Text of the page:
|Forget the Franc, Ditch the Drachma|
|Key Words||Currency Union, Exchange Rates, Economic Growth|
At the stroke of midnight on December 31, 2001 the euro becomes legal tender for 303 million people in 12 countries. Francs, drachmas, liras, pesetas and various other national currencies will virtually disappear. ATMs, postage stamps, parking tickets, the game of monopoly, as well as prices of every item sold in the participating countries will change. This extraordinary move will provide a host of benefits to Europeans, the most visible being the ability to avoid exchange bureaus when traveling form country to country. European planners are hoping that the adoption of the euro is a big step towards what Winston Churchill called, "A United States of Europe."
Approximately $600 billion in euro notes will debut January 1, 2002, making the euro the second most important currency in the world. Austria, Belgium, Finland, France, Germany, Greece, Ireland, Luxembourg, the Netherlands, Portugal, and Spain comprise the 12 European Union countries that have adopted the euro. Britain, Denmark and Sweden are the only three EU countries that opted out. Euro notes will come in 7 denominations, from 5 to 500 euros. Each euro is currently worth $.88.
Although the euro was introduced as a currency on January 1, 1999, its circulation was limited to electronic transactions and bank deposits. At that time, participating countries had to fix their exchange rates to the euro and surrender control of interest rates to the European Central Bank. In the three years that have elapsed, no major problems appeared and even though growth rates varied considerably, from a recession in Germany to a significant economic expansion in Ireland, none of the 12 countries opted out of the euro. Participating countries have signed a stability and growth pact that limits budget deficits and attempts to preserve the value of the euro. While there is concern that the adoption of a single currency can produce economic problems, the 12 euro countries are hopeful that the euro will provide a powerful economic punch to their economies.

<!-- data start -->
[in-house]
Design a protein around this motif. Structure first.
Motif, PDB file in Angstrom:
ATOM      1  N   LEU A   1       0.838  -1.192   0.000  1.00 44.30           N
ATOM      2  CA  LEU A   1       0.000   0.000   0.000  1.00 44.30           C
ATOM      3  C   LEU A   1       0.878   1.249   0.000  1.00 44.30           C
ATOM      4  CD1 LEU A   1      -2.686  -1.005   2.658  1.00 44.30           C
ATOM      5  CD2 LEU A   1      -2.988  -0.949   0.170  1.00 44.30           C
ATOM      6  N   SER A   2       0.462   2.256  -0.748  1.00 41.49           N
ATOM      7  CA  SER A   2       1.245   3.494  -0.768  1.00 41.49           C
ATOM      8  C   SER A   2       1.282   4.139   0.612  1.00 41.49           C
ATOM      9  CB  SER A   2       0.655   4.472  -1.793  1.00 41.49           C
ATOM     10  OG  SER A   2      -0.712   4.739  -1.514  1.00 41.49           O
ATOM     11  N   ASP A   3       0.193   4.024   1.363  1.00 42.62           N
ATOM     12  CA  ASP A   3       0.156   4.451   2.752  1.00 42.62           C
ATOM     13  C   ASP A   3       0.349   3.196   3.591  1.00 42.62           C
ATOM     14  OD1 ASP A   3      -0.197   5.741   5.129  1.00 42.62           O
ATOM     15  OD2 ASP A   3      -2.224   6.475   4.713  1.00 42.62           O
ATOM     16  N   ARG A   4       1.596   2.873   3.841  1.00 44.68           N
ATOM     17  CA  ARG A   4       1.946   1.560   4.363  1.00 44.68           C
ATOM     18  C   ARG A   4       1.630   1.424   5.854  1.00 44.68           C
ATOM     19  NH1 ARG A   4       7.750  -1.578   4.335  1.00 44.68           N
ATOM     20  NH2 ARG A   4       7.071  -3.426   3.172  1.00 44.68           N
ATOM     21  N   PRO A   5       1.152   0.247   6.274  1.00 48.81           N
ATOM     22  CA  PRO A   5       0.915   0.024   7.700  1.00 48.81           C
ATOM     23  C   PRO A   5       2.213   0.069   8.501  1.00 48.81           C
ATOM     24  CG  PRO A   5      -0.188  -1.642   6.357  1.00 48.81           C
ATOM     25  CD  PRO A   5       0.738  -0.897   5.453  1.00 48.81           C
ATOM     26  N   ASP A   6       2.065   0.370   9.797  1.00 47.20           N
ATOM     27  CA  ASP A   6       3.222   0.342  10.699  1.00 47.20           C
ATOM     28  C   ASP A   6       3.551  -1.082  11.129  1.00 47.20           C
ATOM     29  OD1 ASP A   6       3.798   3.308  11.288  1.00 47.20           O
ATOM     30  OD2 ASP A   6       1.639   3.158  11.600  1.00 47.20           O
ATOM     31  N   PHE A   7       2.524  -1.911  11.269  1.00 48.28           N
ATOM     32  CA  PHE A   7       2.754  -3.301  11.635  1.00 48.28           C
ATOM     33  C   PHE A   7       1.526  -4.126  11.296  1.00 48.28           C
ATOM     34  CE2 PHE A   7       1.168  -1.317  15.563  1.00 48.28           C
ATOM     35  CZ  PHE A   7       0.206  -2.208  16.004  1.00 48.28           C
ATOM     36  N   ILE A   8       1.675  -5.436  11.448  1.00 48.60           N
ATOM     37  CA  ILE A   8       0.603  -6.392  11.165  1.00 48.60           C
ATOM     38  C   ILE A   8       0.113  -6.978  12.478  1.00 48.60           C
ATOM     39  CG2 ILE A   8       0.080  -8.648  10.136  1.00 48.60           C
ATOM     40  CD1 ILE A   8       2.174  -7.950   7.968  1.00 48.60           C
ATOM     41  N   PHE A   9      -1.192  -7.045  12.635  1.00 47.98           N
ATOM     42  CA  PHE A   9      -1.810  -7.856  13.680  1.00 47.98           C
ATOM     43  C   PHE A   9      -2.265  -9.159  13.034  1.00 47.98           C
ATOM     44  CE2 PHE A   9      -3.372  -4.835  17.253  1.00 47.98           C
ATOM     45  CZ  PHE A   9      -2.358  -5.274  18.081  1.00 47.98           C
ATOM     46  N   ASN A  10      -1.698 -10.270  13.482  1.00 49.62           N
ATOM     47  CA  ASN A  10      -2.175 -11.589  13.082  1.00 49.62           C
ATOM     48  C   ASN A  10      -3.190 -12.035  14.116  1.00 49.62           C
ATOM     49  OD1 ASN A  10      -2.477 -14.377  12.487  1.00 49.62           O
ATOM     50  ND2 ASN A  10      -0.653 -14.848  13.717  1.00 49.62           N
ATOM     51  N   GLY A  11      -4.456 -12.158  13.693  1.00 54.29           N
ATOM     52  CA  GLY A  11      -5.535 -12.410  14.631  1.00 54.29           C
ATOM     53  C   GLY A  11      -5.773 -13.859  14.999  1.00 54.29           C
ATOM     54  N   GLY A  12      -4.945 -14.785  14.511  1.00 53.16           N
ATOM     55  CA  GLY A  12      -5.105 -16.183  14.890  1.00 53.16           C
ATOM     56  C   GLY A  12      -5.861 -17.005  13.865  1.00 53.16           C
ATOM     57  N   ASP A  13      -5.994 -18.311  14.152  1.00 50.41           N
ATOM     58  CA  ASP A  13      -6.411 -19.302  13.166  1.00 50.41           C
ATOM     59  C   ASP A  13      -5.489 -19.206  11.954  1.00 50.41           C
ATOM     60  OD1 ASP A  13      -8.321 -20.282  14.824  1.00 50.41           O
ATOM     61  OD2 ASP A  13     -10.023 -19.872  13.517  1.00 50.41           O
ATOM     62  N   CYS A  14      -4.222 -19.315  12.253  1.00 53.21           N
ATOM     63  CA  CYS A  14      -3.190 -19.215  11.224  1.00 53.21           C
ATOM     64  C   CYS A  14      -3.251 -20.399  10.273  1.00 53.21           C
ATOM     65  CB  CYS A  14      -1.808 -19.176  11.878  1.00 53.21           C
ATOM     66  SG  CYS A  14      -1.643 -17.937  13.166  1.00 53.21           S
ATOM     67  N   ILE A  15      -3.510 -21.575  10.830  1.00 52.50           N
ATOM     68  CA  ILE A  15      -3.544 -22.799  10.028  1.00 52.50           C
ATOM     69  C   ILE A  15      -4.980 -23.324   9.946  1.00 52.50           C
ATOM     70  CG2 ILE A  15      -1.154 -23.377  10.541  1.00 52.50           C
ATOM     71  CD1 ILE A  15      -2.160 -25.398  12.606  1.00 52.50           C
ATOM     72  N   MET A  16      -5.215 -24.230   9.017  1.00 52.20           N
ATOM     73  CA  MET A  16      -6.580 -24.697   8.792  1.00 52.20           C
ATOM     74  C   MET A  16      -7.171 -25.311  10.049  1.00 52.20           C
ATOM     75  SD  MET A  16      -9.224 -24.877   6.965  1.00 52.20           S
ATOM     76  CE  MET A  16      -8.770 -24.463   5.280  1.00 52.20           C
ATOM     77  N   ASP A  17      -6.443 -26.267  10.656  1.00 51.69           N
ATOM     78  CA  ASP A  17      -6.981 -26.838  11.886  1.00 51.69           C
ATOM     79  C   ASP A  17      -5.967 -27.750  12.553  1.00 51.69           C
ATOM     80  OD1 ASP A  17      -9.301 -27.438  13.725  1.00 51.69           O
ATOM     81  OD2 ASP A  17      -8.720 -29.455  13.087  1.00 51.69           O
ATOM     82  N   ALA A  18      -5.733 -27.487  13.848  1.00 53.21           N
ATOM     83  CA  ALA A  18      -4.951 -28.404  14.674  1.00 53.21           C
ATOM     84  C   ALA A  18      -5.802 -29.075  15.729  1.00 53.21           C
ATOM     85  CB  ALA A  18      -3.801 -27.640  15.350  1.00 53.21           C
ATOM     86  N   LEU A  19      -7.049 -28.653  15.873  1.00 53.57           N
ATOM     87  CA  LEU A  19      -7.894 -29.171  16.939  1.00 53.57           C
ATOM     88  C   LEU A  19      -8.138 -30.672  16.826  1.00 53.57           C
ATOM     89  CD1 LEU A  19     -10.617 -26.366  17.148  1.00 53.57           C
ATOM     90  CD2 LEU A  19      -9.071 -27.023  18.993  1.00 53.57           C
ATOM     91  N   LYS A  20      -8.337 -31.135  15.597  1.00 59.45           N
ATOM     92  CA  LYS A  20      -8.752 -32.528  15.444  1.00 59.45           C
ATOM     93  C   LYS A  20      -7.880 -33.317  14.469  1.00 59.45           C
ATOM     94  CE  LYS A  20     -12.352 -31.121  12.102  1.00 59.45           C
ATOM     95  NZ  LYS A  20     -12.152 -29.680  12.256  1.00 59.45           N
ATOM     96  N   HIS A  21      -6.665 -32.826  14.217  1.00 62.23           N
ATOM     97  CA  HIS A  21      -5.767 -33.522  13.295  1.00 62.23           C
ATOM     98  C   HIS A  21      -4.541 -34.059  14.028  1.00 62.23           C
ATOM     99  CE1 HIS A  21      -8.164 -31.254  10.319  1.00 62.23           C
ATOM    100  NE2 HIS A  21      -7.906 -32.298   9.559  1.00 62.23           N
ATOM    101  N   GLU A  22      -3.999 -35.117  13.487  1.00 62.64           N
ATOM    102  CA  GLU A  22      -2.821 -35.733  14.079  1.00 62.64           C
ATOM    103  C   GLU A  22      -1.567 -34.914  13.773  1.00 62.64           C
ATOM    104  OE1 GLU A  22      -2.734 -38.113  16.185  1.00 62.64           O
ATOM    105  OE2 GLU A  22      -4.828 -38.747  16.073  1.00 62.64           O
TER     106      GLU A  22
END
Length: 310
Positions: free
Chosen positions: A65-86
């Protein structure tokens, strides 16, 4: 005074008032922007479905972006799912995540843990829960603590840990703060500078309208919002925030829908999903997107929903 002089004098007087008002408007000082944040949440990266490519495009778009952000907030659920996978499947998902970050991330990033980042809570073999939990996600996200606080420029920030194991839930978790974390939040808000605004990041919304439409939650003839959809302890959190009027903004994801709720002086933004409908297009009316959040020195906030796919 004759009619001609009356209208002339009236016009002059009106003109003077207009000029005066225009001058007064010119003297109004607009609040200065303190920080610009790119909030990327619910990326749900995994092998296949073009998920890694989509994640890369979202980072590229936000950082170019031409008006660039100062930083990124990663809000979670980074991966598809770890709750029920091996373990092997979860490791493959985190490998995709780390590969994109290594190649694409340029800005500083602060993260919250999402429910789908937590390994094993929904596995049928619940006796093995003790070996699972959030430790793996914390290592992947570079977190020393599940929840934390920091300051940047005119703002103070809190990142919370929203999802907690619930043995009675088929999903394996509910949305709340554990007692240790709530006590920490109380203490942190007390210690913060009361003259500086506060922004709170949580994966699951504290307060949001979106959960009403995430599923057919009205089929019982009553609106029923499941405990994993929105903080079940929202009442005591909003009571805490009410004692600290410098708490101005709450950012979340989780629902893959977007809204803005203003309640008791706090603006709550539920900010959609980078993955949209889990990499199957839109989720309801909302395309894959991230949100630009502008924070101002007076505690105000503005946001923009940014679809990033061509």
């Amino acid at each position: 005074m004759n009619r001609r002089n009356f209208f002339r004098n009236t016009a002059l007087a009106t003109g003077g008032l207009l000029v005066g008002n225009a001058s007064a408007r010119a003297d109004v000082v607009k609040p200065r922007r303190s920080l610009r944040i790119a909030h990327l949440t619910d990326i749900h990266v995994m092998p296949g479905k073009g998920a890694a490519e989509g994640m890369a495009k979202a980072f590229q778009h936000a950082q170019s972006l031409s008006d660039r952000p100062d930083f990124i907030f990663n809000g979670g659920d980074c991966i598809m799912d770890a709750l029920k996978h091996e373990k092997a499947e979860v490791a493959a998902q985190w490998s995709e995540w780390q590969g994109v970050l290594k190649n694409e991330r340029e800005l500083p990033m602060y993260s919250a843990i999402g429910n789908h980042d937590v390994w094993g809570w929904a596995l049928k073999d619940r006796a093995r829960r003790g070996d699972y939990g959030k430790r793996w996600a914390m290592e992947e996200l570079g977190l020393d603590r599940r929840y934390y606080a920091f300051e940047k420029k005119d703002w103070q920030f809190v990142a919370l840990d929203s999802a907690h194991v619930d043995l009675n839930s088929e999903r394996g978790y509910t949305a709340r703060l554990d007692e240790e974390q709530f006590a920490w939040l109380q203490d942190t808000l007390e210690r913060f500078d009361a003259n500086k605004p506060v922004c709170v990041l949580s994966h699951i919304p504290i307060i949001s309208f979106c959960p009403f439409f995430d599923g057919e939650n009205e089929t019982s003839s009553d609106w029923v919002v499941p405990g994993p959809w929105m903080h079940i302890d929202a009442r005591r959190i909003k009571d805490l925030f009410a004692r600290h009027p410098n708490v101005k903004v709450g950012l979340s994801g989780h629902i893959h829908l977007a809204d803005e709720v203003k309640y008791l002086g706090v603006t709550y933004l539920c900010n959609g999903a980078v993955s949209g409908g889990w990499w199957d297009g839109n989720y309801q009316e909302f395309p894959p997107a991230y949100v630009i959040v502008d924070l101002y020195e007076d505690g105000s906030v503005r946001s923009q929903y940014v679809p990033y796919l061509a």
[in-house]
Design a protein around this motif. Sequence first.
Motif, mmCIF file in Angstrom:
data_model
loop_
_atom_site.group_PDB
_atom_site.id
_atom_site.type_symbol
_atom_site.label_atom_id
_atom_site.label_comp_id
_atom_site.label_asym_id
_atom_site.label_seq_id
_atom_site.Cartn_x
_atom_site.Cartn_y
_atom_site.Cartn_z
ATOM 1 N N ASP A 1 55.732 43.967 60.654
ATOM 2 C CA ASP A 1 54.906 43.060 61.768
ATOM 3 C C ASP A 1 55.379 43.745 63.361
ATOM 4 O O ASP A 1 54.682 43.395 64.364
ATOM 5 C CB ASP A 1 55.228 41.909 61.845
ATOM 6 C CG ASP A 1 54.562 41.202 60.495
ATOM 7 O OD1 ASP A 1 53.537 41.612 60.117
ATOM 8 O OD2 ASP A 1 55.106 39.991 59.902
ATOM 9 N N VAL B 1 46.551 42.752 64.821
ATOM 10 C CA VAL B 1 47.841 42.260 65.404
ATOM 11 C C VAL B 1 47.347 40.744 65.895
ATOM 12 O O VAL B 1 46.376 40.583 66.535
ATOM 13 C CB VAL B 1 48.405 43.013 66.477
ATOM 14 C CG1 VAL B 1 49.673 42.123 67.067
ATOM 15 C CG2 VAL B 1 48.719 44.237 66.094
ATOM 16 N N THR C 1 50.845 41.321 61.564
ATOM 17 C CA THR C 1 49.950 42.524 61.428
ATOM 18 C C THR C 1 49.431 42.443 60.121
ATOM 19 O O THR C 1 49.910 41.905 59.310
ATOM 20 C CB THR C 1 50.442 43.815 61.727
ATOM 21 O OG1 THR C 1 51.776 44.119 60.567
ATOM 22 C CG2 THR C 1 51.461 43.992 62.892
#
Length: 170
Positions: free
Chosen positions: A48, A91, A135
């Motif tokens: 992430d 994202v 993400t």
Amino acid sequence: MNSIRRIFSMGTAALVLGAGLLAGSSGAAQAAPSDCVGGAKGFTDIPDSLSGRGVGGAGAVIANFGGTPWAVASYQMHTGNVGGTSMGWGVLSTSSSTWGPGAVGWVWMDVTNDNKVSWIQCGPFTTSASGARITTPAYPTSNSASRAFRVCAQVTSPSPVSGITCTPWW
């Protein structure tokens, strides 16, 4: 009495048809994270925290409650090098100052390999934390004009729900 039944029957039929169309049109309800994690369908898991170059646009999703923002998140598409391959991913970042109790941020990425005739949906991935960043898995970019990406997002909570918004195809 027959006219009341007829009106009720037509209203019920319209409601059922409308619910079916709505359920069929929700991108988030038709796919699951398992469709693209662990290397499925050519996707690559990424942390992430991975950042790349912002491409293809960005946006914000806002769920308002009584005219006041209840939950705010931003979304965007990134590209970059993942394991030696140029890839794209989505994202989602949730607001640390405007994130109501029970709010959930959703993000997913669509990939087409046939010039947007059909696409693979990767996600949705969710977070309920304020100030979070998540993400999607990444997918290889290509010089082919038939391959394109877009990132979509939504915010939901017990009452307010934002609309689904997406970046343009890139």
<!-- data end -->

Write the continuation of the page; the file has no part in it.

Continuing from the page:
(Updated January 15, 2002)
|Source||T.R. Reid, "W. Europe Ready for the Euro," The Washington Post, December 31, 2001.|
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